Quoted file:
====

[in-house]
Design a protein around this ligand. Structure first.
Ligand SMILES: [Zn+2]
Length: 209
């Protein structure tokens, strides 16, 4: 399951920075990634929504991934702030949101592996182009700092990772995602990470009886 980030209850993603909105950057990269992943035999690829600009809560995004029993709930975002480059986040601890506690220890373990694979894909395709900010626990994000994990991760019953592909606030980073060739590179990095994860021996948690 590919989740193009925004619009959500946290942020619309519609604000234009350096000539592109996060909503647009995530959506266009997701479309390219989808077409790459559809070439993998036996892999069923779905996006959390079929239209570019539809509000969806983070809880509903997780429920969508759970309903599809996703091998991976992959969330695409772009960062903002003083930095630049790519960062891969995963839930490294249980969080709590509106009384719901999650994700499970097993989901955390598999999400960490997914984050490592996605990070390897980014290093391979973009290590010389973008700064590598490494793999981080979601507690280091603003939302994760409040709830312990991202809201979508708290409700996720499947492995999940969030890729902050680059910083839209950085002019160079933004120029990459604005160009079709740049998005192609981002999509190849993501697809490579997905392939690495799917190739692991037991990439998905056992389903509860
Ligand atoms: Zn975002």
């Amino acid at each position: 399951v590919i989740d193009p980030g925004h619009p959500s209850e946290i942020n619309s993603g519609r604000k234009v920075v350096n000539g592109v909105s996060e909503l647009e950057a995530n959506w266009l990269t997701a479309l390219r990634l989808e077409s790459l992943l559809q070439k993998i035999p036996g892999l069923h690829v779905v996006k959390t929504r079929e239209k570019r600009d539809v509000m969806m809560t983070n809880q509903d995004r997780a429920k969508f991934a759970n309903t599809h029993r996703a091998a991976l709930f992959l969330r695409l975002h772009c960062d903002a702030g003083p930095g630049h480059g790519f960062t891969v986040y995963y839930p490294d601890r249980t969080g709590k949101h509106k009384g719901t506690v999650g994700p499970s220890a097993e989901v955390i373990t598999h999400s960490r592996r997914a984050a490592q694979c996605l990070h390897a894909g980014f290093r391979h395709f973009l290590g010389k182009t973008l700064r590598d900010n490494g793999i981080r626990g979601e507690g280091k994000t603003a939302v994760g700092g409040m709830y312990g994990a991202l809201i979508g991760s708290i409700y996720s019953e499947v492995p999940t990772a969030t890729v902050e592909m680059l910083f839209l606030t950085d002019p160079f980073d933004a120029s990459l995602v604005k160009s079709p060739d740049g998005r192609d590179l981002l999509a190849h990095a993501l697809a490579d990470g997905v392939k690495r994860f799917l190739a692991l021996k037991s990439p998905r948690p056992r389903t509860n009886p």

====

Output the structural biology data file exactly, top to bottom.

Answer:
[in-house]
Design a protein around this ligand. Structure first.
Ligand SMILES: [Zn+2]
Length: 209
């Protein structure tokens, strides 16, 4: 399951920075990634929504991934702030949101592996182009700092990772995602990470009886 980030209850993603909105950057990269992943035999690829600009809560995004029993709930975002480059986040601890506690220890373990694979894909395709900010626990994000994990991760019953592909606030980073060739590179990095994860021996948690 590919989740193009925004619009959500946290942020619309519609604000234009350096000539592109996060909503647009995530959506266009997701479309390219989808077409790459559809070439993998036996892999069923779905996006959390079929239209570019539809509000969806983070809880509903997780429920969508759970309903599809996703091998991976992959969330695409772009960062903002003083930095630049790519960062891969995963839930490294249980969080709590509106009384719901999650994700499970097993989901955390598999999400960490997914984050490592996605990070390897980014290093391979973009290590010389973008700064590598490494793999981080979601507690280091603003939302994760409040709830312990991202809201979508708290409700996720499947492995999940969030890729902050680059910083839209950085002019160079933004120029990459604005160009079709740049998005192609981002999509190849993501697809490579997905392939690495799917190739692991037991990439998905056992389903509860
Ligand atoms: Zn975002």
């Amino acid at each position: 399951v590919i989740d193009p980030g925004h619009p959500s209850e946290i942020n619309s993603g519609r604000k234009v920075v350096n000539g592109v909105s996060e909503l647009e950057a995530n959506w266009l990269t997701a479309l390219r990634l989808e077409s790459l992943l559809q070439k993998i035999p036996g892999l069923h690829v779905v996006k959390t929504r079929e239209k570019r600009d539809v509000m969806m809560t983070n809880q509903d995004r997780a429920k969508f991934a759970n309903t599809h029993r996703a091998a991976l709930f992959l969330r695409l975002h772009c960062d903002a702030g003083p930095g630049h480059g790519f960062t891969v986040y995963y839930p490294d601890r249980t969080g709590k949101h509106k009384g719901t506690v999650g994700p499970s220890a097993e989901v955390i373990t598999h999400s960490r592996r997914a984050a490592q694979c996605l990070h390897a894909g980014f290093r391979h395709f973009l290590g010389k182009t973008l700064r590598d900010n490494g793999i981080r626990g979601e507690g280091k994000t603003a939302v994760g700092g409040m709830y312990g994990a991202l809201i979508g991760s708290i409700y996720s019953e499947v492995p999940t990772a969030t890729v902050e592909m680059l910083f839209l606030t950085d002019p160079f980073d933004a120029s990459l995602v604005k160009s079709p060739d740049g998005r192609d590179l981002l999509a190849h990095a993501l697809a490579d990470g997905v392939k690495r994860f799917l190739a692991l021996k037991s990439p998905r948690p056992r389903t509860n009886p």